Articles by Frank Lessiter

A Paraquat History Lesson

When we launched No-Till Farmer in 1972, paraquat was the No. 1 burndown herbicide. While it has lost much of its popularity to glyphosate, Mark Loux says it is one of those herbicides (marketed as Gramoxone by Syngenta) that could have been used much more in recent years to help control marestail and to interrupt the continuous glyphosate use cycle. The Ohio State University weed scientist says paraquat is most effective on small annual weeds.
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Zapping Weeds, Smashing Seeds

With growing concerns about herbicide resistance, Australia no-tillers are looking at new non-chemical ways to control serious weed problems. While the 2013 no-till acreage in Australia was 43.7 million acres, there’s some thought that the country’s no-till acres have declined in recent years due to herbicide resistance worries.
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Frank Comments

Light Tillage Not the Answer

A few months back, Ohio State University agronomists produced a website article suggesting that no-tillers consider limited tillage. They felt numerous concerns with soil damage, weed control and disease pathogens and insects that survive on crop residue could be remedied with light tillage.
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25 No-Till Living Legends

These highly talented folks have played a key role in no-till adoption.
As part of the 25th anniversary of the National No-Tillage Conference, the staff of No-Till Farmer honored 25 active individuals who have made no-till work and grow over the years.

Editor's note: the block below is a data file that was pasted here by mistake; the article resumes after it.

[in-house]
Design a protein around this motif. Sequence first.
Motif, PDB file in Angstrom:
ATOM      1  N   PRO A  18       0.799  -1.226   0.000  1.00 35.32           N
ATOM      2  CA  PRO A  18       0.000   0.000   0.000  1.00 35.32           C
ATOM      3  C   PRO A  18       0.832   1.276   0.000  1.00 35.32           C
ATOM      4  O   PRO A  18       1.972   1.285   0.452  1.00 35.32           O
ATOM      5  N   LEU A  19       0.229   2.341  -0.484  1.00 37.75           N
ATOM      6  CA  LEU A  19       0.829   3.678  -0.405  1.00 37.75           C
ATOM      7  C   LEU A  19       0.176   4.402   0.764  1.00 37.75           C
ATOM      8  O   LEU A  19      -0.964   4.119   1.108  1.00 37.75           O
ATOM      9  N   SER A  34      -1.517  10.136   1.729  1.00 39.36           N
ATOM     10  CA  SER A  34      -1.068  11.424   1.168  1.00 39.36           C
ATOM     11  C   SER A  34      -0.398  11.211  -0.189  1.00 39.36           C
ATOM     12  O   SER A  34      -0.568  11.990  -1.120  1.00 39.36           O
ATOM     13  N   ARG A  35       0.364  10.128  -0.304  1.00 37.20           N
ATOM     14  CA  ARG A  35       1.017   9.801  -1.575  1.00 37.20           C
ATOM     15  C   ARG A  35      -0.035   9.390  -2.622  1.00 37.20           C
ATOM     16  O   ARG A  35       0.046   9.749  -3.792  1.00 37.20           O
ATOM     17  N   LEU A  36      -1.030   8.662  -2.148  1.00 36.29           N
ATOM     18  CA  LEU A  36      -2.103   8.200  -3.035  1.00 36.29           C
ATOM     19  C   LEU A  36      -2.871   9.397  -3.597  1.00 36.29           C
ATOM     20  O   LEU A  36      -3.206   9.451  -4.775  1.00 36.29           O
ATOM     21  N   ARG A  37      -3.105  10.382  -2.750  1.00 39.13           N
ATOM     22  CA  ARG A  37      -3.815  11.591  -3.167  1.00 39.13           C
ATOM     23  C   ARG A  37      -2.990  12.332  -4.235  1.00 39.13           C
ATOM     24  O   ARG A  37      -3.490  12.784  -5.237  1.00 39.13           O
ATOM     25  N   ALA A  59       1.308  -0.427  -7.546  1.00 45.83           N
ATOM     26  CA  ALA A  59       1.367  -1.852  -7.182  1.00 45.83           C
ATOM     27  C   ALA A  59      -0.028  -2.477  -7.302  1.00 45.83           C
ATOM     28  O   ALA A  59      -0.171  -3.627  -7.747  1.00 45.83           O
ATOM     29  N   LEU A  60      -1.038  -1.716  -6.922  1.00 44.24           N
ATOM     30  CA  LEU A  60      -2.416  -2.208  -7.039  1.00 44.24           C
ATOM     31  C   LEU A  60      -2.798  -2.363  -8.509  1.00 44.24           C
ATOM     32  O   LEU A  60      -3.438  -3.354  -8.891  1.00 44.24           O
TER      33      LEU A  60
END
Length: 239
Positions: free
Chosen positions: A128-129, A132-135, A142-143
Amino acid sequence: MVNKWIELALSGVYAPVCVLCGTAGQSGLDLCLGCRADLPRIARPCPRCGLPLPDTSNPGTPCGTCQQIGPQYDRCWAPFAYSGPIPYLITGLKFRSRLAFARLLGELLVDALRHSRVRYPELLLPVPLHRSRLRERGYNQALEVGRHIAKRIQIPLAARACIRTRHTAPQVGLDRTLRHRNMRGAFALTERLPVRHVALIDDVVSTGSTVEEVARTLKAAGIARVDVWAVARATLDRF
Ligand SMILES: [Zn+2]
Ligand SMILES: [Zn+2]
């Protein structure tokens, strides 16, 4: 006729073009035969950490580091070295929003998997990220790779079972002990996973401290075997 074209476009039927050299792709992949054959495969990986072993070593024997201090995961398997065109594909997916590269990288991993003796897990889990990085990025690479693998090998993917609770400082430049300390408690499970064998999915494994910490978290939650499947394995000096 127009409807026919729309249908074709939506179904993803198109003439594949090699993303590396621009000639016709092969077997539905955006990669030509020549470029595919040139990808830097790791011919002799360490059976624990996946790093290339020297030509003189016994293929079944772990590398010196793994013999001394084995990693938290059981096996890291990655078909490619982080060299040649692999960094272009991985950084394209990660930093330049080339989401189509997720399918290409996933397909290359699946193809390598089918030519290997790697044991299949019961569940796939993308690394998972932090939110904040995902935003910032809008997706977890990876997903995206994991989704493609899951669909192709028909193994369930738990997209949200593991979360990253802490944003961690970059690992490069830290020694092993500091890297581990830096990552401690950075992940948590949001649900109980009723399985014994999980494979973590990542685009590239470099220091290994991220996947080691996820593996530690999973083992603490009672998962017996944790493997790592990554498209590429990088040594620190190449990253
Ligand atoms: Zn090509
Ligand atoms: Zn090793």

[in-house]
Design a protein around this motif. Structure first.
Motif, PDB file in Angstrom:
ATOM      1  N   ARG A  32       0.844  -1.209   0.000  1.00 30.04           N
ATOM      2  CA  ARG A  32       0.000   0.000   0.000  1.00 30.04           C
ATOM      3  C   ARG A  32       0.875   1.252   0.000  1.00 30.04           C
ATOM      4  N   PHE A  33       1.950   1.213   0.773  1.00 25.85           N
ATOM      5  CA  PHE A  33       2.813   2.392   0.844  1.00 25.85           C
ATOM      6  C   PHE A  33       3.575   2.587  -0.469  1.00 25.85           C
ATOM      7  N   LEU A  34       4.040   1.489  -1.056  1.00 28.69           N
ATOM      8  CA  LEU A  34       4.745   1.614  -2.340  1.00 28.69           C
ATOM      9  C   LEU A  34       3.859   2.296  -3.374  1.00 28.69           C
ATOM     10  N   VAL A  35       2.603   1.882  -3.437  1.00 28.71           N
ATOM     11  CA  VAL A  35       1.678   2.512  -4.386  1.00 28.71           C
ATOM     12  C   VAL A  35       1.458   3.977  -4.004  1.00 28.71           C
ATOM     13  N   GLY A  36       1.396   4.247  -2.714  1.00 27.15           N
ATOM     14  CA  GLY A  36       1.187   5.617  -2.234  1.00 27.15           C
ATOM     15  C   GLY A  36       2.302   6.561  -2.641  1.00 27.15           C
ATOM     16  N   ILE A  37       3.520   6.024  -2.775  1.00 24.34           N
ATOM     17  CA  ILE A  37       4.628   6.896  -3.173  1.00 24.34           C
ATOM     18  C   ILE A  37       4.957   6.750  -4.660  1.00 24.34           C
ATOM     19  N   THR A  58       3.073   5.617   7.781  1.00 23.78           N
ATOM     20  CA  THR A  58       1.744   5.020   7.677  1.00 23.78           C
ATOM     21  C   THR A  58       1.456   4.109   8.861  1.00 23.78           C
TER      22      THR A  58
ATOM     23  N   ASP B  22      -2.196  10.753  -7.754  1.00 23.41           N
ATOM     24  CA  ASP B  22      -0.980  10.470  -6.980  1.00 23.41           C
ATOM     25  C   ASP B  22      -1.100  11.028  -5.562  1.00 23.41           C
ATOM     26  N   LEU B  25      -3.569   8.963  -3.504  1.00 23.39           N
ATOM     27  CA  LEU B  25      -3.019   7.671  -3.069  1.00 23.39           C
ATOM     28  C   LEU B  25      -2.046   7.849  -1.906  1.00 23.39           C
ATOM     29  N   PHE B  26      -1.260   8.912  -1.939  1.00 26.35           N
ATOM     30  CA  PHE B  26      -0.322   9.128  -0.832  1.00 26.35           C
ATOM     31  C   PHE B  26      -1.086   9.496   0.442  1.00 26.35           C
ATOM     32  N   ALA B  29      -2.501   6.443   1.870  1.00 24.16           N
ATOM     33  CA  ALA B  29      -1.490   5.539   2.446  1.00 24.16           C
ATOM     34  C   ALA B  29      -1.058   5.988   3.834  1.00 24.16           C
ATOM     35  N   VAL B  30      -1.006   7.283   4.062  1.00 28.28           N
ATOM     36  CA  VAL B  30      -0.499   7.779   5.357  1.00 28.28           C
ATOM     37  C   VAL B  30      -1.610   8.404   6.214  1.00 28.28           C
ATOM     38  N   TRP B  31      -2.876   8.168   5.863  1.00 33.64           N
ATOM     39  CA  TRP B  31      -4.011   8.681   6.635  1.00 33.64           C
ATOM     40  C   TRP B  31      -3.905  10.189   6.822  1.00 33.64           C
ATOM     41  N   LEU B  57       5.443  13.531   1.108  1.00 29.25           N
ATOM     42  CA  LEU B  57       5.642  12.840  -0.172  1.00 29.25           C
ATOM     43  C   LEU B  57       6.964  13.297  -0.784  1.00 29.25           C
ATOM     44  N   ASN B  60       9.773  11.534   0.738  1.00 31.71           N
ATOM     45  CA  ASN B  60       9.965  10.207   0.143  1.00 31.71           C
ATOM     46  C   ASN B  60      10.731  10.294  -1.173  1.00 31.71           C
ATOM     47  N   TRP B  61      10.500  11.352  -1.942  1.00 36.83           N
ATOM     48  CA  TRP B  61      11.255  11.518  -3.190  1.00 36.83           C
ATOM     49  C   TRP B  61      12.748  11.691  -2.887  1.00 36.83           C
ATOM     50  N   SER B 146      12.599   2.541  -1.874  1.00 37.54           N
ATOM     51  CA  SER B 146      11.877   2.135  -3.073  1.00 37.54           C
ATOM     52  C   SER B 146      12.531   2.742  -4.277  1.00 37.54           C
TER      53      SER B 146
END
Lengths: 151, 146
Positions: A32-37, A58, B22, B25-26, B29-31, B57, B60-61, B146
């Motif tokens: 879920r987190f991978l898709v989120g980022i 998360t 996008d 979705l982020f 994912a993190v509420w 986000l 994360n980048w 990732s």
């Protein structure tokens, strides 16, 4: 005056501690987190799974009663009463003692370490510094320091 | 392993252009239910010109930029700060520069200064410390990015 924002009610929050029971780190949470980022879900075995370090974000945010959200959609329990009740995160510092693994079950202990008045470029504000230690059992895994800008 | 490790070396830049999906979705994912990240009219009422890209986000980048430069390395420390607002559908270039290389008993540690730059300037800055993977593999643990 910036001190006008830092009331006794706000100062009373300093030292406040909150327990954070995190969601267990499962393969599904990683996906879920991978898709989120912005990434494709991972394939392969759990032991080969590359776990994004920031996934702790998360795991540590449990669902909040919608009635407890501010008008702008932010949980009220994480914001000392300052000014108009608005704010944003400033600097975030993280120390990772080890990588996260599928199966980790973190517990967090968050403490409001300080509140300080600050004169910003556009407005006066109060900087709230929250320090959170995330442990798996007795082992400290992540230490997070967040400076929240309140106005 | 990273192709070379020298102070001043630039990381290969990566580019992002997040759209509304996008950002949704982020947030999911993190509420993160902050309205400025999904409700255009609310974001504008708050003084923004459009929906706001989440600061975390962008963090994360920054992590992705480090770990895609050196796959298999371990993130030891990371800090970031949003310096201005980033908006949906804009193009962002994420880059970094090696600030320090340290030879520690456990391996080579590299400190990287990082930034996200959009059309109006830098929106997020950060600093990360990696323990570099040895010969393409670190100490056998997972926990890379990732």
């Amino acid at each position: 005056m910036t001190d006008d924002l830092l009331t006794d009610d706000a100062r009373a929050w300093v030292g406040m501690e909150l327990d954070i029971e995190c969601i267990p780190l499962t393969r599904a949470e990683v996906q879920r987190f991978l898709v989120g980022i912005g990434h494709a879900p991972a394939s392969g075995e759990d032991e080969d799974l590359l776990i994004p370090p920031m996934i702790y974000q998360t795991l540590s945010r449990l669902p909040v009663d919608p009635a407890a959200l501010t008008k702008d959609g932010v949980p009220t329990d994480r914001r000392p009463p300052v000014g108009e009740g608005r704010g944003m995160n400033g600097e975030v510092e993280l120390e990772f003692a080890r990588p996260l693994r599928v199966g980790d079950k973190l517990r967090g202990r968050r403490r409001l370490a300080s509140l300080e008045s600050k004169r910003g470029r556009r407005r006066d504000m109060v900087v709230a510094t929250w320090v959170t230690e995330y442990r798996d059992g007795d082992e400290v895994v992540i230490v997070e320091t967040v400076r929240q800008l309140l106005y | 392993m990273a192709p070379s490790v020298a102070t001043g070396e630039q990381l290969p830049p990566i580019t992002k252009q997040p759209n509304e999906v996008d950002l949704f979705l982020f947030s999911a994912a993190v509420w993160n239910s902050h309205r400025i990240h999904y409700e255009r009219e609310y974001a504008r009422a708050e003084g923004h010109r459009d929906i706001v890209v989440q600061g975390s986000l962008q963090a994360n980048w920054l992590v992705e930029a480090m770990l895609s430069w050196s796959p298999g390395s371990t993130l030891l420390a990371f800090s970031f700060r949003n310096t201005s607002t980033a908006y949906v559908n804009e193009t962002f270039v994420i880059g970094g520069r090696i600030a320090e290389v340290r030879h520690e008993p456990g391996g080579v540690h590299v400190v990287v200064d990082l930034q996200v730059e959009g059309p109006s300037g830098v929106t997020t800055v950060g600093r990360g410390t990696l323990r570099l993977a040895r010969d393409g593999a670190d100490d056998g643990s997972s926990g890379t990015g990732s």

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2016: Pushing No-Till Beyond Barriers

Jan. 6-9, Indianapolis • 1,104 attendees
No-tillers fighting herbicide resistance with waterhemp, Palmer amaranth or marestail in no-till soybean fields should consider using more soil residual herbicides, maintains Bryan Young. The Purdue University weed scientist says you need to match application timing and length of residual effectiveness to the period of peak emergence for these weeds.
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2015: Building Better No-Till Practices

Jan. 14-17, Cincinnati • 935 attendees
After losing more than 80 pounds per acre of valuable nitrogen (N) from December to April, Cameron Mills found several ways to make sure cover crops were seeded on every acre. The Walton, Ind., no-tiller says soil testing showed the value of covering every acre over the winter.
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